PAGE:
Beyond autonomous racecars hitting speeds north of 180 mph as they burn up the Las Vegas Motor Speedway, the Indy Autonomous Challenge (IAC) will display fresh marvels of technological excellence. In this CES Tech Talk episode, IAC President Paul Mitchell discusses the competition with host James Kotecki, sharing that the January 7 event will showcase a highly complex blend of technologies ranging from AR and VR to automation and high-speed communication. Find out what's planned for the Innovation Paddock in West Hall. Spoiler: Think mammoth garages packed with the newest gear and more from the geniuses of robot car tech. Paul also teases some of what to expect, tech-wise, when the IAC returns to Las Vegas.  

The Power of Investing in People with Sha Sparks
What You Give is What You Get with Neil Mody

The Power of Investing in People with Sha Sparks

Play Episode Listen Later Oct 28, 2022 38:25


Neil Mody loves helping people find amazing content online. His previous company, nRelate, was one of the biggest content recommendation companies on the Internet (acquired by IAC in 2012). His current company, Headliner, is the leading solution for audio producers to market their content on social media, YouTube, and now media sites. Headliner has been used by over a million podcasters and large media companies like SiriusXM, CNN, and Viacom.  We invite you to find out more at his website at https://www.headliner.app/ **  You are invited to connect with Shā about coaching, heart and mind fitness, brainstorming for your business, podcasting and/or Veteran resources. Connect with Shā, today:  https://calendly.com/heysha/connectioncall ** What if you could use the money inside your retirement account penalty and tax free and use that money to start your own dream business? Our friend, Daniel Blue from Season 5 Episode 5 over at Quest Education is so kind to give you, our listeners, their “How to Grow Your Money Tax Free” online course completely complementary just for listening to today's show.  https://quest-education.mykajabi.com/offers/cgV9tjzT?coupon_code=SHASPARKS ** Love this episode and want to support Shā? Buy her a cup of coffee   www.buymeacoffee.com/shasparks Learn more about your ad choices. Visit megaphone.fm/adchoices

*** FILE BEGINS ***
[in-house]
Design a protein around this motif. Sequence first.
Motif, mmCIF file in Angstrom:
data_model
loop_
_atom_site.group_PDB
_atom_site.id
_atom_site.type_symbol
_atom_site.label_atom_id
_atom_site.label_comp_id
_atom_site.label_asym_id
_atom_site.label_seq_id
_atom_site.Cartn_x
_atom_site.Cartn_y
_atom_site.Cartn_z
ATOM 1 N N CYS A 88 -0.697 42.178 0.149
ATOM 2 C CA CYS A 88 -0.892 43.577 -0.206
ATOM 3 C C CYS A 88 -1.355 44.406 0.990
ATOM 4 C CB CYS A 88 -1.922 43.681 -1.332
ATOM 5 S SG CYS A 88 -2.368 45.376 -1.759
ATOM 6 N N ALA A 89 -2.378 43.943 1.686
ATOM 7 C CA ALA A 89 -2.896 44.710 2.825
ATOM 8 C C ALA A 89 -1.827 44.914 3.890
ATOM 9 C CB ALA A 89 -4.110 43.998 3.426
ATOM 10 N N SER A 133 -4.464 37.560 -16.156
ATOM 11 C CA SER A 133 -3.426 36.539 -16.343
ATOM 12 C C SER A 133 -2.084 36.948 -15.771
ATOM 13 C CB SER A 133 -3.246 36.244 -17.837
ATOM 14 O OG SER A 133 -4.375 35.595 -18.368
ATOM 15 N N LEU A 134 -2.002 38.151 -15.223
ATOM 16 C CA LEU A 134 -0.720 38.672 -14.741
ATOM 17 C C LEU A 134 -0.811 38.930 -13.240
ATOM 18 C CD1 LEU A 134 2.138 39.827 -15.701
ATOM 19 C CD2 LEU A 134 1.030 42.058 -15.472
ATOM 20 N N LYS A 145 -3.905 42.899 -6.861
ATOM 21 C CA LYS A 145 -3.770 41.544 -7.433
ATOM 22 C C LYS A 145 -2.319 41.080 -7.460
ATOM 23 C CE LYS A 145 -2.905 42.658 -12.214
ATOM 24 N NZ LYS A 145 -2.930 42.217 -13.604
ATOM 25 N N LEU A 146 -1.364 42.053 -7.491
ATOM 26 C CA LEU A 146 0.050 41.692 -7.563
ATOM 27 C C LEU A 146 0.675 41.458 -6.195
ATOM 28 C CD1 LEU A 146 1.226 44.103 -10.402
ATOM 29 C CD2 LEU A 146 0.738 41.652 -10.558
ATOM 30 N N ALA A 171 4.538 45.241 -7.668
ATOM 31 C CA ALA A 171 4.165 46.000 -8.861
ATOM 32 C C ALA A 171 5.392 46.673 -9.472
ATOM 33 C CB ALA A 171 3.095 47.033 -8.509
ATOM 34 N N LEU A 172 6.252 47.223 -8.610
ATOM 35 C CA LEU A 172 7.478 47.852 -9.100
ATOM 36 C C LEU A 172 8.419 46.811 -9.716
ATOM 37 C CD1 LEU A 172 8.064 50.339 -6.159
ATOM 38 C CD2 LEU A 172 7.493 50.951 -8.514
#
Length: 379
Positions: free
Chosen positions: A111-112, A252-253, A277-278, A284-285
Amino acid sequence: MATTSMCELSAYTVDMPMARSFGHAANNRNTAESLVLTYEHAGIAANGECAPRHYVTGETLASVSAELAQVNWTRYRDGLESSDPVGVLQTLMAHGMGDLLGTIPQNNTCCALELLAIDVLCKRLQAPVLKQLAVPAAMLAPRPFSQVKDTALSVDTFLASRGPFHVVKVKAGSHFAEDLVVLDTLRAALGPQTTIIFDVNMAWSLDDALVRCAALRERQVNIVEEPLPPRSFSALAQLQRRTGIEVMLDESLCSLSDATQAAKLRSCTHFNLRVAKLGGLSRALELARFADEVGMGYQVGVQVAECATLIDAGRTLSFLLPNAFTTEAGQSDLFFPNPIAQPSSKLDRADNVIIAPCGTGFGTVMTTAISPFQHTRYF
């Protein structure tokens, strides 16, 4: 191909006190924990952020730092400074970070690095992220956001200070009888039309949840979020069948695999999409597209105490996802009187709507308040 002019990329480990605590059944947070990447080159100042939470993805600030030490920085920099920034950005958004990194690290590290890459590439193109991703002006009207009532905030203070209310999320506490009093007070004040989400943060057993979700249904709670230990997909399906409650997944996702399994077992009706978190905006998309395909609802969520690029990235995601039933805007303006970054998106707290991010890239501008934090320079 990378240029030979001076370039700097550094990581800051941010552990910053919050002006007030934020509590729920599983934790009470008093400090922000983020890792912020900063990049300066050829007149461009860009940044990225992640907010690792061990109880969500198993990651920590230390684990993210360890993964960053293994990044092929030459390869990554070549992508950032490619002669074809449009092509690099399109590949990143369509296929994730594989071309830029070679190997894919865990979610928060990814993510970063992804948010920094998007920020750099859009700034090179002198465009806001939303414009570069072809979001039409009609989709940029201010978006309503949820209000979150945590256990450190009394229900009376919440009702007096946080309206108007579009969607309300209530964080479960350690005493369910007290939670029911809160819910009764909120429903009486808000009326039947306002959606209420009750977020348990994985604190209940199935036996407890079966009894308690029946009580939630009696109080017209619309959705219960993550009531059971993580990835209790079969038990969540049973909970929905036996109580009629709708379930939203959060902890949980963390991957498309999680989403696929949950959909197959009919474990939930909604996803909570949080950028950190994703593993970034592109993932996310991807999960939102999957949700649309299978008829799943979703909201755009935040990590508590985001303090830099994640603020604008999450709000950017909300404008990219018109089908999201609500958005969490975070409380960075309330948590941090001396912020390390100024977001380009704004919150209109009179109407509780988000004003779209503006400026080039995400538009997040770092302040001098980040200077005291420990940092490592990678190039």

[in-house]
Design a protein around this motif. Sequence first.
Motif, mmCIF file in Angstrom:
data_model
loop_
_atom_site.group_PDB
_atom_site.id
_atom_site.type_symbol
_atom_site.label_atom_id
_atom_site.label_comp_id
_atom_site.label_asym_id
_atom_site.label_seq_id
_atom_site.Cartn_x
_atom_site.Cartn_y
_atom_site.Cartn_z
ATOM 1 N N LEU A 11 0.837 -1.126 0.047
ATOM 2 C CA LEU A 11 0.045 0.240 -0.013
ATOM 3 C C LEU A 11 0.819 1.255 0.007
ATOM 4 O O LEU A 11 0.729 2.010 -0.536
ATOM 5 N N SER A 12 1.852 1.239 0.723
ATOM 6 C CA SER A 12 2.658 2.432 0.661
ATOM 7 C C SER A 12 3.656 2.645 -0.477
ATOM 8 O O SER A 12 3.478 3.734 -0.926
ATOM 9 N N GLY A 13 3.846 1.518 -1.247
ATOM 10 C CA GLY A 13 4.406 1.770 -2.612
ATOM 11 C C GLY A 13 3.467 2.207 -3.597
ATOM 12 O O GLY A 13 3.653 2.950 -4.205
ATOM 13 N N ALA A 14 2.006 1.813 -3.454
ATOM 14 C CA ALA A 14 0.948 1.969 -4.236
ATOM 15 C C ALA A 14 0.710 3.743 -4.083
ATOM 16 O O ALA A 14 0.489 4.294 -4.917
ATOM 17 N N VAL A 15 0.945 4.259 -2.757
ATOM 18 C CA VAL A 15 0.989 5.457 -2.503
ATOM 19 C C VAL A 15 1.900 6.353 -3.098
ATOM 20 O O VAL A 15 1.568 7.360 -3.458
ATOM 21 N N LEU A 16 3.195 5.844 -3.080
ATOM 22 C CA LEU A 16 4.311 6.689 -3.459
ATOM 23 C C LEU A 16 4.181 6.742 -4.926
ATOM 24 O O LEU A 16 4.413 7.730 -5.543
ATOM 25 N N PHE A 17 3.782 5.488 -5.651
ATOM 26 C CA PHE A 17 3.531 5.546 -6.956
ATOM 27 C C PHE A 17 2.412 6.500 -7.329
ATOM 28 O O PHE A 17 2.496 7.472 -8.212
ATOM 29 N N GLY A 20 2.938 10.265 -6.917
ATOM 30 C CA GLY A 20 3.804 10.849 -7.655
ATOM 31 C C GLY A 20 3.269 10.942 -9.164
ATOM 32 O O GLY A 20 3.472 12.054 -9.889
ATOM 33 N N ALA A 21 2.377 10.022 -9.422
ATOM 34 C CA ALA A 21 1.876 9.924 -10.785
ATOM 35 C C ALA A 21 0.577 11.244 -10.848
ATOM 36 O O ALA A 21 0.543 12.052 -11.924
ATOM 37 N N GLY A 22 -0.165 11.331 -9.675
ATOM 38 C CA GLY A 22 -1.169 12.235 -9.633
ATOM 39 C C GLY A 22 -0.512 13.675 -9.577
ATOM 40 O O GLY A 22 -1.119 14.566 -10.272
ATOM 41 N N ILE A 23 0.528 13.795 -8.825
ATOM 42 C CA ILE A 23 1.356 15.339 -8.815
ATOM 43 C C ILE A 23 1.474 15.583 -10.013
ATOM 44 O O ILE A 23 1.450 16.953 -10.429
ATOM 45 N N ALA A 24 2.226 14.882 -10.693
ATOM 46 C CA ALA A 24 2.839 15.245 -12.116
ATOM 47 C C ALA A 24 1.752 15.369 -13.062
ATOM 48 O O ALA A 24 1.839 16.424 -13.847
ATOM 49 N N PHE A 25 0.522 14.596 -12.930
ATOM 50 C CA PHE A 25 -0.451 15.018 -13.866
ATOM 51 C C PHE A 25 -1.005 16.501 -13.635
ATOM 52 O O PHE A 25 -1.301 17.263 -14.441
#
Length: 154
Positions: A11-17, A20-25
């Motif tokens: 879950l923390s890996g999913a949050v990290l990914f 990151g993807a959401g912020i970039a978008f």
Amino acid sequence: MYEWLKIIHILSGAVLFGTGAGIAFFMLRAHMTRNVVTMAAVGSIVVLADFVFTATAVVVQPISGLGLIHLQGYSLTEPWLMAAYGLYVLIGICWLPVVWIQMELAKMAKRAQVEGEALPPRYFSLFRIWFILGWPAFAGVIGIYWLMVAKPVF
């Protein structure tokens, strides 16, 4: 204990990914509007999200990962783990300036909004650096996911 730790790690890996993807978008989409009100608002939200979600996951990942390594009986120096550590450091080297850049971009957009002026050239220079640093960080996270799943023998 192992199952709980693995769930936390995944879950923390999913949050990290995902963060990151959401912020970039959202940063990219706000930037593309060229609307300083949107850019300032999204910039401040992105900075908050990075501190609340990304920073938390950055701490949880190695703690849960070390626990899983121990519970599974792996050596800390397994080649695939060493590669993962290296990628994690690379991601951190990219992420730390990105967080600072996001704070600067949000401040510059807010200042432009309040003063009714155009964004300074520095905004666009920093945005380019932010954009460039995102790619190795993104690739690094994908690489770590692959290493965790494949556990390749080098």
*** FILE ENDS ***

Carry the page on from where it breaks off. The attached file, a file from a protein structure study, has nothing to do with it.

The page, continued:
Hablando con Científicos - Cienciaes.com
DART, un dardo para salvar la Tierra. Hablamos con Julia de León.

Hablando con Científicos - Cienciaes.com

Play Episode Listen Later Oct 21, 2022


Didymos es el nombre con el que se bautizó a un asteroide de 780 metros de diámetro que emplea dos años en dar una vuelta completa alrededor del Sol. En sus idas y venidas se acerca a una decena de millones de kilómetros de la Tierra, suficientemente lejos como para no suponer una amenaza. Didymos tiene una pequeña luna, Dimorphos, que se ha convertido en protagonista de una de las historias más impactantes de la actualidad. El pasado 26 de septiembre, la nave DART (Double Asteroid Redirection Test) chocó violentamente contra Dimorphos, un choque planificado por NASA para probar la capacidad de la tecnología actual para provocar un cambio en la trayectoria de un cuerpo, algo que un día, tal vez, pueda salvarnos de una catástrofe como la que, a finales del Cretácico, acabó con la mayor parte de las criaturas vivas del a Tierra, entre ellas, los dinosaurios. La investigadoras del IAC, Julia de León, explica lo sucedido y las consecuencias de la misión.